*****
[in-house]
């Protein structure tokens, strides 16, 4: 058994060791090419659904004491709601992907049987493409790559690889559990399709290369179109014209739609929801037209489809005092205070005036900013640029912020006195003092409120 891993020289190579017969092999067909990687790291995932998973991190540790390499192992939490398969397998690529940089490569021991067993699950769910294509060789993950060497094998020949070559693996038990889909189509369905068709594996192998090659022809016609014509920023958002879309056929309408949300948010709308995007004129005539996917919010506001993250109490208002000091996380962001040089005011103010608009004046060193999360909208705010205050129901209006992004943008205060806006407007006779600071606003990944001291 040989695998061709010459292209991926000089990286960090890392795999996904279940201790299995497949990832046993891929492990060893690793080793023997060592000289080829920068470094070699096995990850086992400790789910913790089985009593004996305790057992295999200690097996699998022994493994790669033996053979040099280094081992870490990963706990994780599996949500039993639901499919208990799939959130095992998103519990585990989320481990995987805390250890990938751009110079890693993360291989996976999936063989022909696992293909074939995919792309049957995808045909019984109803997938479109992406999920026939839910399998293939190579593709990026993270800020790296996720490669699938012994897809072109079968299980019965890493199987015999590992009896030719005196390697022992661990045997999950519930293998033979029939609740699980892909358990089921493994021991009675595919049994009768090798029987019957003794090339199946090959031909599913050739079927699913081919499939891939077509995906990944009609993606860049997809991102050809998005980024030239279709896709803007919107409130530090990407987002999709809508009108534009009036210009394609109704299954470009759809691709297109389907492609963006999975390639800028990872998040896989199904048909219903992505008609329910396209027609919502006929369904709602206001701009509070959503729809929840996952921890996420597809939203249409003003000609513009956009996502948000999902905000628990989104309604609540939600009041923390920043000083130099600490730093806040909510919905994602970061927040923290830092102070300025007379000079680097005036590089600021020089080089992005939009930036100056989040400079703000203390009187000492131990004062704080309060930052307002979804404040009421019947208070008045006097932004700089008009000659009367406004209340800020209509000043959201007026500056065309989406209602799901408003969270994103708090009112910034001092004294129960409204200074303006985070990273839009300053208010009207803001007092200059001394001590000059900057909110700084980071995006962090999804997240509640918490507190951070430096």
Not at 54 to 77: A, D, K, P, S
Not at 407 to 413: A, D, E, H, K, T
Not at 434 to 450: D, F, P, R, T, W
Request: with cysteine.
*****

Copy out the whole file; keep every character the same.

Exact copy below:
[in-house]
């Protein structure tokens, strides 16, 4: 058994060791090419659904004491709601992907049987493409790559690889559990399709290369179109014209739609929801037209489809005092205070005036900013640029912020006195003092409120 891993020289190579017969092999067909990687790291995932998973991190540790390499192992939490398969397998690529940089490569021991067993699950769910294509060789993950060497094998020949070559693996038990889909189509369905068709594996192998090659022809016609014509920023958002879309056929309408949300948010709308995007004129005539996917919010506001993250109490208002000091996380962001040089005011103010608009004046060193999360909208705010205050129901209006992004943008205060806006407007006779600071606003990944001291 040989695998061709010459292209991926000089990286960090890392795999996904279940201790299995497949990832046993891929492990060893690793080793023997060592000289080829920068470094070699096995990850086992400790789910913790089985009593004996305790057992295999200690097996699998022994493994790669033996053979040099280094081992870490990963706990994780599996949500039993639901499919208990799939959130095992998103519990585990989320481990995987805390250890990938751009110079890693993360291989996976999936063989022909696992293909074939995919792309049957995808045909019984109803997938479109992406999920026939839910399998293939190579593709990026993270800020790296996720490669699938012994897809072109079968299980019965890493199987015999590992009896030719005196390697022992661990045997999950519930293998033979029939609740699980892909358990089921493994021991009675595919049994009768090798029987019957003794090339199946090959031909599913050739079927699913081919499939891939077509995906990944009609993606860049997809991102050809998005980024030239279709896709803007919107409130530090990407987002999709809508009108534009009036210009394609109704299954470009759809691709297109389907492609963006999975390639800028990872998040896989199904048909219903992505008609329910396209027609919502006929369904709602206001701009509070959503729809929840996952921890996420597809939203249409003003000609513009956009996502948000999902905000628990989104309604609540939600009041923390920043000083130099600490730093806040909510919905994602970061927040923290830092102070300025007379000079680097005036590089600021020089080089992005939009930036100056989040400079703000203390009187000492131990004062704080309060930052307002979804404040009421019947208070008045006097932004700089008009000659009367406004209340800020209509000043959201007026500056065309989406209602799901408003969270994103708090009112910034001092004294129960409204200074303006985070990273839009300053208010009207803001007092200059001394001590000059900057909110700084980071995006962090999804997240509640918490507190951070430096």
Not at 54 to 77: A, D, K, P, S
Not at 407 to 413: A, D, E, H, K, T
Not at 434 to 450: D, F, P, R, T, W
Request: with cysteine.